The most recent such case Estemirova reported happened on July 4, when security forces set fire to the home of a family whose 20-year-old daughter had married a young fighter. The woman herself had been injured in a shoot-out on July 2 in which her husband was killed. She was hospitalized and appeared to be recovering. But on July 5, the girl's body was returned to her parents.
(Human Rights Watch this week issued a statement calling on Russian and Chechen officials to bring a stop to punitive attacks in Chechnya, following a July 2 report
entitled "'What Your Children Do Will Touch Upon You': Punitive House-Burning in Chechnya," documenting a pattern of house burnings by security forces to punish families for the alleged involvement by their relatives in the insurgency.)
In recent weeks, Estemirova also focused on abductions of civilians who were subsequently killed and branded militants as evidence of the effectiveness of the joint operation launched by Kadyrov two months ago against resistance fighters in both Chechnya and Ingushetia. Kadyrov has repeatedly boasted that that operation has resulted in the death or capture of dozens of resistance fighters. Estemirova, however, challenged those assertions. The "dozens," she said, were in fact innocent civilians apprehended by police or security personnel, killed, and then branded as militants.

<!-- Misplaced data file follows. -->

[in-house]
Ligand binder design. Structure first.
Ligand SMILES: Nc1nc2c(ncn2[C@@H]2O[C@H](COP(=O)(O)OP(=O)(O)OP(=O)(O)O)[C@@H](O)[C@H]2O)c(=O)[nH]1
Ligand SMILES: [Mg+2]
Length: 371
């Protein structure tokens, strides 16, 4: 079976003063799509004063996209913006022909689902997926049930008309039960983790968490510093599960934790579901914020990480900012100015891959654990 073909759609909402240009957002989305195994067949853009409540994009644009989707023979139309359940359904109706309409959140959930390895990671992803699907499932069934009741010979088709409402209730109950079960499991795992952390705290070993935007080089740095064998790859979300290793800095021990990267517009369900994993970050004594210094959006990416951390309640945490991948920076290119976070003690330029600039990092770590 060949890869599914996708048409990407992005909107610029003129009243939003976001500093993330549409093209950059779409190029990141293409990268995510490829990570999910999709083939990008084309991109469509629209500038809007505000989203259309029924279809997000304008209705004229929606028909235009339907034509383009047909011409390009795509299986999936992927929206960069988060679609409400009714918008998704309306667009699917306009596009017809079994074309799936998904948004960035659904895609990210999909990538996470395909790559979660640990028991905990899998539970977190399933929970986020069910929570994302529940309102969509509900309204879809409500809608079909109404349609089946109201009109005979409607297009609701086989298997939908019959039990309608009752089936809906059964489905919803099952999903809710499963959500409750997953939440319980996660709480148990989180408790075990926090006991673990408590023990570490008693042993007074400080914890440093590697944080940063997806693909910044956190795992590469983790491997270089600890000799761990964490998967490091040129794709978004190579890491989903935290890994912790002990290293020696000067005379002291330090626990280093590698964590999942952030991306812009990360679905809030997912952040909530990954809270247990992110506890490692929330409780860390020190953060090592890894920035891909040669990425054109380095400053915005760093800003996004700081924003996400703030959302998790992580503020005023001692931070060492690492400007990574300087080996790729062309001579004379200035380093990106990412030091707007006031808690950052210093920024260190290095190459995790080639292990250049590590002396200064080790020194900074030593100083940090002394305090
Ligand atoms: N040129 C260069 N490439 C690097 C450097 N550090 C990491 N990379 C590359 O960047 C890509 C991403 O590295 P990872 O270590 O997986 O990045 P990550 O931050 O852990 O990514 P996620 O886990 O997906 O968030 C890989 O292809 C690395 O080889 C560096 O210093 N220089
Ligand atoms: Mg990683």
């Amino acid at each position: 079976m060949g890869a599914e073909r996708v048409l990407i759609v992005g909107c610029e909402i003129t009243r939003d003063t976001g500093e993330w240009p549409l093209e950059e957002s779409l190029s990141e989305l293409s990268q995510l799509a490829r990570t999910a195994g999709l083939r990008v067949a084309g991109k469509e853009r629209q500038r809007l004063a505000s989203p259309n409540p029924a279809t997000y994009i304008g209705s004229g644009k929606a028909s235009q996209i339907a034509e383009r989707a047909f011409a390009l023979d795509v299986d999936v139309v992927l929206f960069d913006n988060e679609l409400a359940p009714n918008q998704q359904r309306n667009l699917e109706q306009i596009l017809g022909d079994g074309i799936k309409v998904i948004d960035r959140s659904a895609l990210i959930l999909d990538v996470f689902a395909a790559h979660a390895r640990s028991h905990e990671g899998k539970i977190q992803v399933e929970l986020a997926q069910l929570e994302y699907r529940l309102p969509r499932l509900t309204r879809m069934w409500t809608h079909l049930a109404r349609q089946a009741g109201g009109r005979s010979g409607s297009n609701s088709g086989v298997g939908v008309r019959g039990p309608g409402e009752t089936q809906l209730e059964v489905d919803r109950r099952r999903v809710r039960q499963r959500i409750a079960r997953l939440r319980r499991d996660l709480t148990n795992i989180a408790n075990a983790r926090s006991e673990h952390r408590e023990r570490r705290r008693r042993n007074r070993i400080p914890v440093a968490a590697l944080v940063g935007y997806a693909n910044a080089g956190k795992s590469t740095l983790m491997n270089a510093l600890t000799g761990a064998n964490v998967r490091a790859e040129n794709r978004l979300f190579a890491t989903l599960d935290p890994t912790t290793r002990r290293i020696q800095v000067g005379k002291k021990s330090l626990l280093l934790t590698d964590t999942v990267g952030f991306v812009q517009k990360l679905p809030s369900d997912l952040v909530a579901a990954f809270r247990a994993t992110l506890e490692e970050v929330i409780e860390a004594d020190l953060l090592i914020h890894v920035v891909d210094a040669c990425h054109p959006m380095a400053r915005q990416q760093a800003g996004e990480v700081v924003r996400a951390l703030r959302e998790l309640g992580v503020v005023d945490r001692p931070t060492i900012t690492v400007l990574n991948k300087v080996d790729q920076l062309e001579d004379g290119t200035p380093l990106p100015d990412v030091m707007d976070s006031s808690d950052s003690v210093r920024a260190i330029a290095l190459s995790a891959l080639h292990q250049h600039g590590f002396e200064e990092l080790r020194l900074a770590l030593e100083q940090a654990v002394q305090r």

In an interview she gave to the website kavkaz-uzel.ru
on July 14, the day before she was killed, Estemirova cited the case of a father and son abducted on July 7 in the village of Djugurty in the Kurchaloi district. The father was shot dead in cold blood; the son has vanished without a trace. Estemirova described them as "perfectly ordinary people" who had done nothing remotely reprehensible.